Charlie’s Heart

My husband, Eric, and I found out we were having twins on August 31, 2017. During one of our many ultrasounds, we found out that “Baby B” had a heart issue.

Our world stood still.

Going from the high of finding out that we were having twins to the low of a health problem with one of them was devastating. We were sent to a pediatric cardiologist at the University of Kentucky’s Congenital Heart Clinic on December 19 for a fetal echocardiogram. Charlie was diagnosed with single ventricle anomaly, dextrocardia and heterotaxy syndrome. We were informed that we would be sent to the Cincinnati Children’s Heart Institute for further analysis. To get the best pictures of Charlie’s heart, they wanted us to wait a month to see a doctor in Cincinnati. To say that was a long month is an understatement.

On January 22, 2018, we went to Cincinnati for the first of many visits and the beginning of a life-long relationship. Another fetal echo confirmed our first diagnosis. But this time, a doctor laid out a plan for exactly how they would save our baby. He told us the diagnosis was actually not an uncommon diagnosis for their Heart Institute patients. He showed us exactly what was happening in little Charlie’s heart and explained that he would have a series of three surgeries, called the Fontan Circulation.

  • The first would happen within his first week of life.
  • The second, the Glenn, would happen between four and six months old.
  • The third, the Fontan, around three years old.

As we walked to the car that day, we could feel the stress and worry that had been weighing on us for a month lift off our shoulders. Once we were in the car, I cried tears of joy. We knew we had a long road ahead, but now we had hope.  

On March 9, 2018, Robbie and Charlie were born in Cincinnati. Charlie was taken immediately to the NICU to get ready to be transported a few blocks away. On March 14, I got to hold Charlie for the first time. Robbie and I were discharged on March 15, the day of Charlie’s first open-heart surgery. The average recovery time in the Cardiac ICU after the first surgery is 28 days; Charlie was moved to the step-down unit in just 14.

Because of a couple setbacks after the first surgery and the Glenn (his second open-heart surgery on July 10), Charlie spent more than half of his first eight months in the hospital. Through those eight months, we got to know a lot of people at the Ronald McDonald House. Without the Ronald McDonald House right next door, I’m not sure how we could have managed those long stints away from home.

We saw children and their families trying to live normal lives while bravely battling whatever illness or health issue they had been dealt, just as we were. We witnessed how much the doctors and nurses truly cared about their patients and marveled at how wonderful they were. We were also amazed at the kindness and compassion we received at the Ronald McDonald House.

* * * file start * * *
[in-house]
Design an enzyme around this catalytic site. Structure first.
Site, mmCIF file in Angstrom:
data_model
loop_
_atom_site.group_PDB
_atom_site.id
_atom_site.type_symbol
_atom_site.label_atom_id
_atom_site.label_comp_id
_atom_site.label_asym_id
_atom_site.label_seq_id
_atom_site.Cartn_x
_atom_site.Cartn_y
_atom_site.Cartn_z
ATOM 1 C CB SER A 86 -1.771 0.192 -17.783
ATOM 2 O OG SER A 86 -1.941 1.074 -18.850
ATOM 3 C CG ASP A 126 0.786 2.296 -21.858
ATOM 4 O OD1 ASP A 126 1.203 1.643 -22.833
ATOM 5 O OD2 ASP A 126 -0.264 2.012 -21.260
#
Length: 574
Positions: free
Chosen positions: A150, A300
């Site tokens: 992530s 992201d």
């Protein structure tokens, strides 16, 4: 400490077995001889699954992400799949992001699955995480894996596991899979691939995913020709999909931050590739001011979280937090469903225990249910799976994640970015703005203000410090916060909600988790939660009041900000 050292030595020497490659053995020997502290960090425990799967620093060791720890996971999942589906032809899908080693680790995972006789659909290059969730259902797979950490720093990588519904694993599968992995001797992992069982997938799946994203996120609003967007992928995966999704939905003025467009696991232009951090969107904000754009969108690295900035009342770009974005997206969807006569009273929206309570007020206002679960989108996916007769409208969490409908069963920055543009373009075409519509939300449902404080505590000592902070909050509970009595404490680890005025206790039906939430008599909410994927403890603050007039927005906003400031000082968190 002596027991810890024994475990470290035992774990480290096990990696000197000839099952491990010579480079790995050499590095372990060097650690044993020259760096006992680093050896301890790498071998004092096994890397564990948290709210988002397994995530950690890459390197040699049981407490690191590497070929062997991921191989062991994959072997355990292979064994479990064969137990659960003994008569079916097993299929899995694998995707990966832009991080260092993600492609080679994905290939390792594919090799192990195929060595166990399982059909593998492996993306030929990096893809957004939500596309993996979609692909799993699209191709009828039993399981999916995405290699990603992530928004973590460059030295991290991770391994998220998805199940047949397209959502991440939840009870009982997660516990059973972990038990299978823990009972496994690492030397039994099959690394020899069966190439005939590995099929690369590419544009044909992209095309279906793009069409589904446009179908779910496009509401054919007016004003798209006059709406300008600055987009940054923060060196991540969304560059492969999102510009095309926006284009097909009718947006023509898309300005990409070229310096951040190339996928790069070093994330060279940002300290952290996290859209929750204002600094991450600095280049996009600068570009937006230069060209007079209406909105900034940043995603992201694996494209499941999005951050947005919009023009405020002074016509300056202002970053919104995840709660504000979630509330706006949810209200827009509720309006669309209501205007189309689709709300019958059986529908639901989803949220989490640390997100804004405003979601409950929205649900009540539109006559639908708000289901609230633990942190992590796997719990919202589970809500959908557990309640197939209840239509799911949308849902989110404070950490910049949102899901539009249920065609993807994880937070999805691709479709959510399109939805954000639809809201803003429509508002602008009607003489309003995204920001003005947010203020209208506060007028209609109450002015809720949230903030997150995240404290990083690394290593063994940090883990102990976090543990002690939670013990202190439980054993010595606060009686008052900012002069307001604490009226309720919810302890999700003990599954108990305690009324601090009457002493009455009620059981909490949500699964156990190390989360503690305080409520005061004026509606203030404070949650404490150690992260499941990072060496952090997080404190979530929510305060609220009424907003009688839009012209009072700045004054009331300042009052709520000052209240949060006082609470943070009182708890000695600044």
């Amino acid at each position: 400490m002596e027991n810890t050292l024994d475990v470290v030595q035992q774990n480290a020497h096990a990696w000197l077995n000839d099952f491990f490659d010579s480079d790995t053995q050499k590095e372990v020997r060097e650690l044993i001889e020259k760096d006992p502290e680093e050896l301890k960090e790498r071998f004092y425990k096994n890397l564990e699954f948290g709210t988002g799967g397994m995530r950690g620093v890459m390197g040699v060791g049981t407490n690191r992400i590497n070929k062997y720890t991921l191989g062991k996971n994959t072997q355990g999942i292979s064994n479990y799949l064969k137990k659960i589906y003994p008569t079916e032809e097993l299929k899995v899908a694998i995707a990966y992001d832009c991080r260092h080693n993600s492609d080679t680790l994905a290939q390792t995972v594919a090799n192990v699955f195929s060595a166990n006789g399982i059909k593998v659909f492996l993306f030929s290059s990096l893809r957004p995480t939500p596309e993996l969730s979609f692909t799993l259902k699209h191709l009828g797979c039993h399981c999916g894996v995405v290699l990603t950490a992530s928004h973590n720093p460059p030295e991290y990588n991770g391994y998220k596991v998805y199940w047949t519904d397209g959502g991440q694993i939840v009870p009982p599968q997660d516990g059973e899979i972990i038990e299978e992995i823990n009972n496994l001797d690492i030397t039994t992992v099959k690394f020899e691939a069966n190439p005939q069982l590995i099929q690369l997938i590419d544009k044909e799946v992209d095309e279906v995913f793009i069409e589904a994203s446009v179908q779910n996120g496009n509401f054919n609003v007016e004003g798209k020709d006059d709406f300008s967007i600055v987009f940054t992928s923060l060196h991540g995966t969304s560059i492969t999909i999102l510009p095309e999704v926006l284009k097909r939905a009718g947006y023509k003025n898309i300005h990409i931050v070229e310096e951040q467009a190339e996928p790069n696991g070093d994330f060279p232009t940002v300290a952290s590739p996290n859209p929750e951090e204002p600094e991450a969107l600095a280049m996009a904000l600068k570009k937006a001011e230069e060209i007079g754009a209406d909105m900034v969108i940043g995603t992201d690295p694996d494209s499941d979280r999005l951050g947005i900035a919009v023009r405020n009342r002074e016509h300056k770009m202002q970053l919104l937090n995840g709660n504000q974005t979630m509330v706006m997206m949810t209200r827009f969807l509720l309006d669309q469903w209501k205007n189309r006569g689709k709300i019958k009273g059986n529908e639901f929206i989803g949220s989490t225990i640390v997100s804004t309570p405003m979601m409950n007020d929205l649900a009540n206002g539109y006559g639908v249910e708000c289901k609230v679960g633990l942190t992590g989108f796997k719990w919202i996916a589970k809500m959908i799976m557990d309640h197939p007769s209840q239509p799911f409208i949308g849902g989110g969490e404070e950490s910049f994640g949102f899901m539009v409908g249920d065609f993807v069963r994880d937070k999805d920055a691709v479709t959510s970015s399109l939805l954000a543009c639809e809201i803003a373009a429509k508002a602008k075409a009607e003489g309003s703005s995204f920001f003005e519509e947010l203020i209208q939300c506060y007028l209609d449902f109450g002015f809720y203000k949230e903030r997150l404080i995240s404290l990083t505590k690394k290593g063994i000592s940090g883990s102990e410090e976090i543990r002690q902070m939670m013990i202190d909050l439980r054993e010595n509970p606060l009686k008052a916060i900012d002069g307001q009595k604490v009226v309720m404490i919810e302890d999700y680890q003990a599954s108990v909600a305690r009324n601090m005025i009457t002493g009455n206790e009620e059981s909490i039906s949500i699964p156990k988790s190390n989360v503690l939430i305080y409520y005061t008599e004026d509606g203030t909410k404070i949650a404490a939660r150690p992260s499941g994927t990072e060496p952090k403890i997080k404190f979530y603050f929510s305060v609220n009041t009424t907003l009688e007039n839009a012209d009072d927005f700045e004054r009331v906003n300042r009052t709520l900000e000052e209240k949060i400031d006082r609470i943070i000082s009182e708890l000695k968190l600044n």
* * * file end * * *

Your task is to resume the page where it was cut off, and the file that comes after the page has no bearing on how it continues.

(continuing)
In July 2021, Charlie had his third open-heart surgery, the Fontan, and recovered quicker than we could have imagined due to the excellent care of his team. We were prepared for a month-long recovery; he was discharged just five days after the operation.

We knew we wanted to find a way to give back to the hospital that had saved our Charlie and repay the generosity we received from the Ronald McDonald House but we weren’t sure how. One afternoon during our eight-week stay after the Norwood surgery, Eric suggested we host a golf scramble to raise money. I asked him how he thought we were going to take care of two babies and put together a golf tournament, and he said it wouldn’t be a problem. So, in the very little spare time he has, my amazing husband has created Charlie’s Heart Charity.

Eric and I never imagined that this would be our journey, but we are determined to raise awareness about Congenital Heart Disease. We know that not everyone in our position is as lucky as we are, and we are privileged to be in a position to help those who aren’t. Charlie’s Heart Charity is a way for us to give back to those who have helped our brave heart warrior and to help those walking the same road we have. This is just the beginning of a life-long journey, and we hope Charlie’s Heart Charity will continue to raise funds for many years to come.

I don’t know what we would have done without the Ronald McDonald House during those three months. The stress of having a medically fragile child can be very overwhelming. I cannot imagine having to also worry about the cost of housing on top of that. And as much as you want to spend every waking second with your baby, sometimes you just need a break. With the House just across the street, we had a room to retreat to when we were feeling exhausted and frazzled, which is worth its weight in gold – you can’t take care of your baby if you don’t take care of yourself.

We are beyond grateful for the RMHC and hope it continues to help families like ours for years to come.



Charlie and his family lived in our House and felt compelled to give back. So far, they’ve raised $32,000 to help our guest families! If you are interested in creating your own fundraiser for our House to help families like Charlie’s, you can find more information here.

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